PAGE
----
NCF Nation: Nick Forbes

CULVER CITY, Calif. -- Hitting.

Apparently it happens quite a bit in the game of football. And Pac-12 commissioner Larry Scott, who announced plans last month for a new contact policy in practice, unveiled the details at Friday’s Pac-12 media day.

The policy still has to be certified by the institution’s athletic directors, but the ADs, presidents, chancellors and coaches have all agreed to establish certain practice parameters that go beyond the current limitations set forth by the NCAA. The plan is expected to be in place for the start of the 2013 preseason camps.

Here are some elements of the new policy (paraphrased). You can see the official language here:

  • The Pac-12 defines “Full contact” sessions as any live tackling where players are taken to the ground. Full contact does not include “thud” sessions or “wrapping up” drills where players don’t go to the ground.
  • Pac-12 institutions will have two full-contact practices per week during the regular season.
  • For days in which Pac-12 institutions schedule a two-a-day practice, full contact is only allowed in one of the two two-a-day sessions during preseason camp.
  • During spring ball, there will be eight permissible full-contact practices, but only two per week.
[+] EnlargeNick Forbes
Kelley L Cox/US PresswireCal linebacker Nick Forbes said that the "best tackles are made with good form."
These rules aren’t anything drastic. In fact, most institutions have adopted similar policies. The Pac-12 is just the first conference to make it official and put it in writing.

“I think our league and about every coach in the country has went to those guidelines anyway, if not even less contact than that,” Arizona coach Rich Rodriguez said. “Because as a coach, you have to be concerned about the welfare of your team and you know your team and you know how beat up you are and what you have to do and how hard you have to work on hitting and what you have to do.

“So I think everybody has worked hard on it and I think most of the coaches in our league and most throughout the country are already kind of doing that anyway.”

In coming to a consensus on the new policy, the league talked with medical practitioners, conference athletic directors and Pac-12 athletes.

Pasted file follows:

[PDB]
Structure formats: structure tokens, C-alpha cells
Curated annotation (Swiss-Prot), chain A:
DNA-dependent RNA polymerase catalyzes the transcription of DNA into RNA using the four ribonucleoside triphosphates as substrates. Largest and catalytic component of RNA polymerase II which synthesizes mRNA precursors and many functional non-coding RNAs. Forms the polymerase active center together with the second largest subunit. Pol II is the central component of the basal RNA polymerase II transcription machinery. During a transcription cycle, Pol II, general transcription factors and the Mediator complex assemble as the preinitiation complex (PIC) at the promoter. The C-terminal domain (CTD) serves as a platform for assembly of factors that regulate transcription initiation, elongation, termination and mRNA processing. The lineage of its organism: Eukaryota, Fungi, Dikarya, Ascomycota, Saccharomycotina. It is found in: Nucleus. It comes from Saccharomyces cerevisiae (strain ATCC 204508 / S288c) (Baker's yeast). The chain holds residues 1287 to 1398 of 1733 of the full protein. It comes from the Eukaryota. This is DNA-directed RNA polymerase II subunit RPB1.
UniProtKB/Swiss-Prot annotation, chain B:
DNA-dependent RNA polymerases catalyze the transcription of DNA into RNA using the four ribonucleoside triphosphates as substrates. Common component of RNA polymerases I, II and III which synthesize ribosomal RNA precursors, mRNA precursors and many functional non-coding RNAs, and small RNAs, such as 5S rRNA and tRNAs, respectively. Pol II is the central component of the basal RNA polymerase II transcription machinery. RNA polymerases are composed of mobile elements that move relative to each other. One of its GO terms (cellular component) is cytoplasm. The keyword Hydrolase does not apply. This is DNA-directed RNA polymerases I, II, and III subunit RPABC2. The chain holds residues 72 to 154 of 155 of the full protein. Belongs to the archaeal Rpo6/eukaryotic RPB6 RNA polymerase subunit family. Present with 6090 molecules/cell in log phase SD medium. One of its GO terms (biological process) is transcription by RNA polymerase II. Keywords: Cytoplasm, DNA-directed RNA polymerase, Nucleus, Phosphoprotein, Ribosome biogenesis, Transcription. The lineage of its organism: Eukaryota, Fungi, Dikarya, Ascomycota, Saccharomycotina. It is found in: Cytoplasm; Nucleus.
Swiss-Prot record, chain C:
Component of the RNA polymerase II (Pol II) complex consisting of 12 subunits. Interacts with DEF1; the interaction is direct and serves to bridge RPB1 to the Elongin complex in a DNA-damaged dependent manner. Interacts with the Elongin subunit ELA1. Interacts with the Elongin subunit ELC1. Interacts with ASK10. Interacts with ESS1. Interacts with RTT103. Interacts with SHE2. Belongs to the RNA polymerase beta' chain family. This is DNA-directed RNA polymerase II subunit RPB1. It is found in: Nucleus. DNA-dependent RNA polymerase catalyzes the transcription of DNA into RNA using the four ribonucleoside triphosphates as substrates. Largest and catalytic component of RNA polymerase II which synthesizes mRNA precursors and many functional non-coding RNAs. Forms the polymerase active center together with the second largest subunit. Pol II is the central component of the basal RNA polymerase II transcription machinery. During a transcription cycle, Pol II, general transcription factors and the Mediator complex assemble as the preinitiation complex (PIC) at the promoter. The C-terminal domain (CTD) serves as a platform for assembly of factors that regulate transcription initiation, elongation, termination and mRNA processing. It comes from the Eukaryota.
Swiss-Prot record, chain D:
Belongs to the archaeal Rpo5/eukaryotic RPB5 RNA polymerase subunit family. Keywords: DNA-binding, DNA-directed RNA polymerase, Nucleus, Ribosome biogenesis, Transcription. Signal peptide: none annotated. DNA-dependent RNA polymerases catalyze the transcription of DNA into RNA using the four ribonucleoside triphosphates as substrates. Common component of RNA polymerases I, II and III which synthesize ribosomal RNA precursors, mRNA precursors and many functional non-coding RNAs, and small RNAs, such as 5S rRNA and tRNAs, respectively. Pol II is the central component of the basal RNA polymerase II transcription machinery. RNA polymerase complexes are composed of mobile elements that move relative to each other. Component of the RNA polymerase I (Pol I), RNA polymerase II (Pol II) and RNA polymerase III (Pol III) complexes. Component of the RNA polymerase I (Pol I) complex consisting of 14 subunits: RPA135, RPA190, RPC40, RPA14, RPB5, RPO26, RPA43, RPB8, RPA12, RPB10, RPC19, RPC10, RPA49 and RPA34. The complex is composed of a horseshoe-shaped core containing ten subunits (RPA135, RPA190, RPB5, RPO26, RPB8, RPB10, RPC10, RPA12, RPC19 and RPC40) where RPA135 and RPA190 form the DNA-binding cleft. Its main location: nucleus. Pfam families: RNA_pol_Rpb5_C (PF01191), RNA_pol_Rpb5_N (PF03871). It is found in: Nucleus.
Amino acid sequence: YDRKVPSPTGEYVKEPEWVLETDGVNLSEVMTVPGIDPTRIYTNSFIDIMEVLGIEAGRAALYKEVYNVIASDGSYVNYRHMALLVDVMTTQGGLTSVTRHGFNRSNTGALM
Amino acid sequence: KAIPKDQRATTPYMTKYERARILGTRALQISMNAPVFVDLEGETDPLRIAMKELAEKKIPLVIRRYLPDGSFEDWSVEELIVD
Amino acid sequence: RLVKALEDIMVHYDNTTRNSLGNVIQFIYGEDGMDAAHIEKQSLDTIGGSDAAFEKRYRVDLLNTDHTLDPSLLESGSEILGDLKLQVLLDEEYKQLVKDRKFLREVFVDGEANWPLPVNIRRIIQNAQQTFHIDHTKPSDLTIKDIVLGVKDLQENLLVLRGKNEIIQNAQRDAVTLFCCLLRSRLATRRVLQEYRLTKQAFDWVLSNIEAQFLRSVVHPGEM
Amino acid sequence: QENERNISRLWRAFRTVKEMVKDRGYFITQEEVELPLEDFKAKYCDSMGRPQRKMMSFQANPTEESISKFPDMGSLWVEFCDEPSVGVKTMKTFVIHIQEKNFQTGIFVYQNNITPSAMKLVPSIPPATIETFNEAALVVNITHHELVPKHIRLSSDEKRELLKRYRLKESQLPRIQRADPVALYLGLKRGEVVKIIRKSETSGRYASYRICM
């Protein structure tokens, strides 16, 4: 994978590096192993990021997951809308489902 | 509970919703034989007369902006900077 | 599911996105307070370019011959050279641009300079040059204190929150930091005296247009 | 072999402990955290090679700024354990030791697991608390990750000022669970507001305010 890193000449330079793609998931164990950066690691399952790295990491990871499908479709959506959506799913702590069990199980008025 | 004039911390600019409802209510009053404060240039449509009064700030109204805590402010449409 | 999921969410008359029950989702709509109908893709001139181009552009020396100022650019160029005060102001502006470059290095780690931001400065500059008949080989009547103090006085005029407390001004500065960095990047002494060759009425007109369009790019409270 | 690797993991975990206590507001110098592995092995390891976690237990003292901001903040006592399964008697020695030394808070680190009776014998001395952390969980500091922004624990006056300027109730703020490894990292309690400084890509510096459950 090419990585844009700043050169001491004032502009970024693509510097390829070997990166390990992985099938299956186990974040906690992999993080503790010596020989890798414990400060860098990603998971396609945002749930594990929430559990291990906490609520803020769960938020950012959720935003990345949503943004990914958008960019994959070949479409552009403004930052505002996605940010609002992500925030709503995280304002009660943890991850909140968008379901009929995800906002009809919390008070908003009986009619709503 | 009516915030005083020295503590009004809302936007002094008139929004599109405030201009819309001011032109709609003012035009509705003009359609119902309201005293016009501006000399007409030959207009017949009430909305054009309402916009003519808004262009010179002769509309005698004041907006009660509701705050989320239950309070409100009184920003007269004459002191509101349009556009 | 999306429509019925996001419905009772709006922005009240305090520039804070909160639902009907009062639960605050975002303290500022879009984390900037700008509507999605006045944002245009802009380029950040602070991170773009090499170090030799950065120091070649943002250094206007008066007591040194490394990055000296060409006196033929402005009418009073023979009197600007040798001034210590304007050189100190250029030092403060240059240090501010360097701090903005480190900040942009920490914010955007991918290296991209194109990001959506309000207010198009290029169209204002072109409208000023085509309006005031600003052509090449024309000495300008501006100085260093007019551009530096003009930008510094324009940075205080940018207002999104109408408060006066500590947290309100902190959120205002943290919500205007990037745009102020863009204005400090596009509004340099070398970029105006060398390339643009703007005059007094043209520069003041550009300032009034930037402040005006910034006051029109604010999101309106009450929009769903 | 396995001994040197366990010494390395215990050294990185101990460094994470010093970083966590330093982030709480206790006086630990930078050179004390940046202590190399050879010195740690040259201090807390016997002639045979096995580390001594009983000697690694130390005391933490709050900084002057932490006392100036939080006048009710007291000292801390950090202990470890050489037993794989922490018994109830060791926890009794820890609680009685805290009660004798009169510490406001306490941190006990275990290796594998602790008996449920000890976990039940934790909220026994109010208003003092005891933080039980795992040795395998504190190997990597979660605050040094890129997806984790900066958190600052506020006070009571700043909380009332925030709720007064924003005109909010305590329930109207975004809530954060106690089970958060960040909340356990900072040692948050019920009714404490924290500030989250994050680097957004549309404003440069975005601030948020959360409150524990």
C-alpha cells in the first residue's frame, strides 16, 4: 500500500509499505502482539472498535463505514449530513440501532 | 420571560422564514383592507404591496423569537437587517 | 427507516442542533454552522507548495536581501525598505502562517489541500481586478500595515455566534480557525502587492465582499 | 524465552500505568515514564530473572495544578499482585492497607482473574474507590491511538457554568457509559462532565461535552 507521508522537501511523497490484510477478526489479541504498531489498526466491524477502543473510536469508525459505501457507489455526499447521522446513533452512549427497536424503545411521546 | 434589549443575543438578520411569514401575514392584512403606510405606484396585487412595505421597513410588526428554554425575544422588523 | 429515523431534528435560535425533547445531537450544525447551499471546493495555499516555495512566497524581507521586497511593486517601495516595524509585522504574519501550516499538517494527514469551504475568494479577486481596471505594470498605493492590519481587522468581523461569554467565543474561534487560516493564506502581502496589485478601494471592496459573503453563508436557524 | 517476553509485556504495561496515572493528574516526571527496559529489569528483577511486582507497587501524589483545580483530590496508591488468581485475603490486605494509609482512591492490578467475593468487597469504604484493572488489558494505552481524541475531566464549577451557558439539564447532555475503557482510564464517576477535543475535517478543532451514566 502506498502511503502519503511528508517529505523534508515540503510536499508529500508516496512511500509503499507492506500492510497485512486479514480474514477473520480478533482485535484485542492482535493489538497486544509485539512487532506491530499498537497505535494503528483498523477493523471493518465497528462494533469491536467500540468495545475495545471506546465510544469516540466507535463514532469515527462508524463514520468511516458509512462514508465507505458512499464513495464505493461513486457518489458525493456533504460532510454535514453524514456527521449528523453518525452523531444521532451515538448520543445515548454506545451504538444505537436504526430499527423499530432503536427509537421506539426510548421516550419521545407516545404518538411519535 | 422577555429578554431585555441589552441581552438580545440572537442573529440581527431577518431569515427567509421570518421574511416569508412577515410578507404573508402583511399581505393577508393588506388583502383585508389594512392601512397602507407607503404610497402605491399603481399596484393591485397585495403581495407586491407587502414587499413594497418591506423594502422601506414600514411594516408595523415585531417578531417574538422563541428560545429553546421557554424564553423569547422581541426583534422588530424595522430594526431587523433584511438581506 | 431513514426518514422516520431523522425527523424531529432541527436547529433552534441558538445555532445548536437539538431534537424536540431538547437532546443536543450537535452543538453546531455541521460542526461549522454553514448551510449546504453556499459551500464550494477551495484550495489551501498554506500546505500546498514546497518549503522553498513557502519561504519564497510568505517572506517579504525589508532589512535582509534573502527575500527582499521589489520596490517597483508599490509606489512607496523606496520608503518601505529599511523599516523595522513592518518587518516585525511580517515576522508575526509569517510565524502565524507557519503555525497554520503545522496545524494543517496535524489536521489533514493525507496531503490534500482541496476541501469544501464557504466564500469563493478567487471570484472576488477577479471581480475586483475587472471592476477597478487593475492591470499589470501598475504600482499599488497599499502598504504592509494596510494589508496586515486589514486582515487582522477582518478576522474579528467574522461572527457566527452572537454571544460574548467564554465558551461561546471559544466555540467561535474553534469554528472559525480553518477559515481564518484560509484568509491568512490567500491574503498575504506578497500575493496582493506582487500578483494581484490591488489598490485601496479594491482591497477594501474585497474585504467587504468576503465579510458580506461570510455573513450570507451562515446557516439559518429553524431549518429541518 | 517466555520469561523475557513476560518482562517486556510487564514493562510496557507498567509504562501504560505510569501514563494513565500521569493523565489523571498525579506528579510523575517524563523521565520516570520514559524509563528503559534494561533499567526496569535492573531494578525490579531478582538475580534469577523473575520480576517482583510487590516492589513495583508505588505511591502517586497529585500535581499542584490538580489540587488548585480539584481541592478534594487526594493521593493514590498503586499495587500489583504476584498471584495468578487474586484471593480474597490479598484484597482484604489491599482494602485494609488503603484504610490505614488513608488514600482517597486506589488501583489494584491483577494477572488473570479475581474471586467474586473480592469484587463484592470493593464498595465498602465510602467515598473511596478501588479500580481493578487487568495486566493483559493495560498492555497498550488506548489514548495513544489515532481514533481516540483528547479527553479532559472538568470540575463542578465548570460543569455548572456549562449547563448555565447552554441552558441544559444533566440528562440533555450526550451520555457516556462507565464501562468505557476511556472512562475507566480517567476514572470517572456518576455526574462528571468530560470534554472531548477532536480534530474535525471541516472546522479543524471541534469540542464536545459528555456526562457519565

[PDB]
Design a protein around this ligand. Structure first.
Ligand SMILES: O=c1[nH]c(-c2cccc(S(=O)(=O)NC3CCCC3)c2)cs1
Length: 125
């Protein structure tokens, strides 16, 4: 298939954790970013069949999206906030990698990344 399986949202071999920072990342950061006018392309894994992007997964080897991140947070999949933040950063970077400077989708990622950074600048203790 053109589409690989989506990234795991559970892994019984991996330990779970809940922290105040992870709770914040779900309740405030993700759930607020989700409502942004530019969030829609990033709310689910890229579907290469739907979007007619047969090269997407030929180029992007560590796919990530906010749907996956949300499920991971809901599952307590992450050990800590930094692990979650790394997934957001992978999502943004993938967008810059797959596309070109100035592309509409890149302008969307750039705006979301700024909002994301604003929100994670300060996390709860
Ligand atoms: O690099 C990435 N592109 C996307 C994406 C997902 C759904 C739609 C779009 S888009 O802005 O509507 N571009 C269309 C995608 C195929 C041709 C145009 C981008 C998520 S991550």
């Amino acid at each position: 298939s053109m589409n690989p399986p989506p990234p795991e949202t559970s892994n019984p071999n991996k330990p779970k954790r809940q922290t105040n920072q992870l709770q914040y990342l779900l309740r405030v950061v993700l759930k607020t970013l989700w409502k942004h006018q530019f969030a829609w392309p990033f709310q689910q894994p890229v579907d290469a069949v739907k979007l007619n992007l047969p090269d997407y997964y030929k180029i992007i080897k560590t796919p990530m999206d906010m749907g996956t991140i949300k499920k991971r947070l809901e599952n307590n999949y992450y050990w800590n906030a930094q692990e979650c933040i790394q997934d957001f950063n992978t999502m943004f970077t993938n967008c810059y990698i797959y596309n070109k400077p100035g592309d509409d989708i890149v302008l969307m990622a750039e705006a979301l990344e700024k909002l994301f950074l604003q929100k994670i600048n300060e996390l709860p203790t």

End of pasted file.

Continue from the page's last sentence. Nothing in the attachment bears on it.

“Our coaches support the new parameters, and their feedback helped us strike an important balance that limits contact across all seasons, but allows for our teams to be sharp and compete at the highest level,” Scott said.

Speaking of hitting ...

Besides the contact policy, the new national “targeting” rule that could lead to player ejections was also a hot topic among some of the league’s premier defensive players. Here’s a sampling of what some of the players had to say, which ranged from delicate to defiant:

Stanford linebacker Shayne Skov: “We’ve been trained to hit properly. Football is an aggressive sport and I’m going to keep playing the way I play, and it’s part of the nature of the game … we’re going to play aggressive and do it the right way and if you do that we won’t have any problems with head trauma collisions and I don’t foresee any in the future.”

California linebacker Nick Forbes: “As a defender, the automatic ejection is scary. You don’t want to put yourself or your team in that situation. But fortunately, we were fortunate to have great coaching staffs that teach us the proper technique … the best tackles are made with good form.”

UCLA linebacker Anthony Barr: “I understand the rule, but as a defensive player it’s going to be difficult to fully adjust my game … So as I play, I’m going to play within the rules that I’ve always played and play like I’ve always played, full speed and attacking. And if I get penalized because of it, then so be it. But I’m going play the way I play football.”

Washington State safety Deone Bucannon: “It’s a rule that’s going to be hard to abide by, going full speed, but at the same time, whatever helps player safety. So if that’s what the rule is, then I’m going try as a player to, to the best of my ability, abide by those and to be as safe as possible for the other player and myself. I’m going to be more aware on the field and proper adjustments like I should.”
We've looked at offensive three-headed monsters -- elite combinations of quarterback, running back and receiver -- so now let's look at the defensive version.

That would be elite combinations of top tacklers, top sack men and top interceptors, as tackles, sacks and interceptions make defensive coordinators happy.

The combinations here might be stronger even than the offensive troikas. Stanford, for example, welcomes back an elite, All-America sort of player for each category. It seems to us all 12 teams have at least one player to be excited about heading into the fall.

Just two teams -- Arizona State and Utah -- only hit on one category. Arizona, Colorado and Washington join Stanford hitting all three, though Colorado's interception numbers from 2012 are so meager -- 3! -- that it's not terribly relevant. And USC's just missing was a matter of 0.4 tackles per game.

So here's how we see things stacking up.